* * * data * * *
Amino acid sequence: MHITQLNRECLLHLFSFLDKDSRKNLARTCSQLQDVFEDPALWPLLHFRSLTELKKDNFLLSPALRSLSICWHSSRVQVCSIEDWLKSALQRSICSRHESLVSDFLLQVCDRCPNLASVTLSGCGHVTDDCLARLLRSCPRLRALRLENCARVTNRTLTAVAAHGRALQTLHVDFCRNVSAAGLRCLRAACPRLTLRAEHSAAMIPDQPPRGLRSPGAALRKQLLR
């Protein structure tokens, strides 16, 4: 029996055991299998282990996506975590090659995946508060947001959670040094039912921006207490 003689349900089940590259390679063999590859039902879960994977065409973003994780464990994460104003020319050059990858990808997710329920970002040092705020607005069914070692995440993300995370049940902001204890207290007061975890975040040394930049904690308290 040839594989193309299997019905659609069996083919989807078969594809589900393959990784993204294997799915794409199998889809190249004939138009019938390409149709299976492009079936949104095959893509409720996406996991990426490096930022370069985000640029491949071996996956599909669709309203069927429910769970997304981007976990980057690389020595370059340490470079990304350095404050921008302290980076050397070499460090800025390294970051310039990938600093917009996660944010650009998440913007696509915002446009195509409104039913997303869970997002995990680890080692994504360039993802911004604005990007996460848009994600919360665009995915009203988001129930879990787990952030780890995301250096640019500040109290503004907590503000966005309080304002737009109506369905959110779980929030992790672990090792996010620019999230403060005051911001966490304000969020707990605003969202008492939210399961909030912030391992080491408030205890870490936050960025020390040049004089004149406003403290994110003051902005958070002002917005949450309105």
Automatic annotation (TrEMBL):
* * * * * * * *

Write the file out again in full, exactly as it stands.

Amino acid sequence: MHITQLNRECLLHLFSFLDKDSRKNLARTCSQLQDVFEDPALWPLLHFRSLTELKKDNFLLSPALRSLSICWHSSRVQVCSIEDWLKSALQRSICSRHESLVSDFLLQVCDRCPNLASVTLSGCGHVTDDCLARLLRSCPRLRALRLENCARVTNRTLTAVAAHGRALQTLHVDFCRNVSAAGLRCLRAACPRLTLRAEHSAAMIPDQPPRGLRSPGAALRKQLLR
């Protein structure tokens, strides 16, 4: 029996055991299998282990996506975590090659995946508060947001959670040094039912921006207490 003689349900089940590259390679063999590859039902879960994977065409973003994780464990994460104003020319050059990858990808997710329920970002040092705020607005069914070692995440993300995370049940902001204890207290007061975890975040040394930049904690308290 040839594989193309299997019905659609069996083919989807078969594809589900393959990784993204294997799915794409199998889809190249004939138009019938390409149709299976492009079936949104095959893509409720996406996991990426490096930022370069985000640029491949071996996956599909669709309203069927429910769970997304981007976990980057690389020595370059340490470079990304350095404050921008302290980076050397070499460090800025390294970051310039990938600093917009996660944010650009998440913007696509915002446009195509409104039913997303869970997002995990680890080692994504360039993802911004604005990007996460848009994600919360665009995915009203988001129930879990787990952030780890995301250096640019500040109290503004907590503000966005309080304002737009109506369905959110779980929030992790672990090792996010620019999230403060005051911001966490304000969020707990605003969202008492939210399961909030912030391992080491408030205890870490936050960025020390040049004089004149406003403290994110003051902005958070002002917005949450309105």
Automatic annotation (TrEMBL):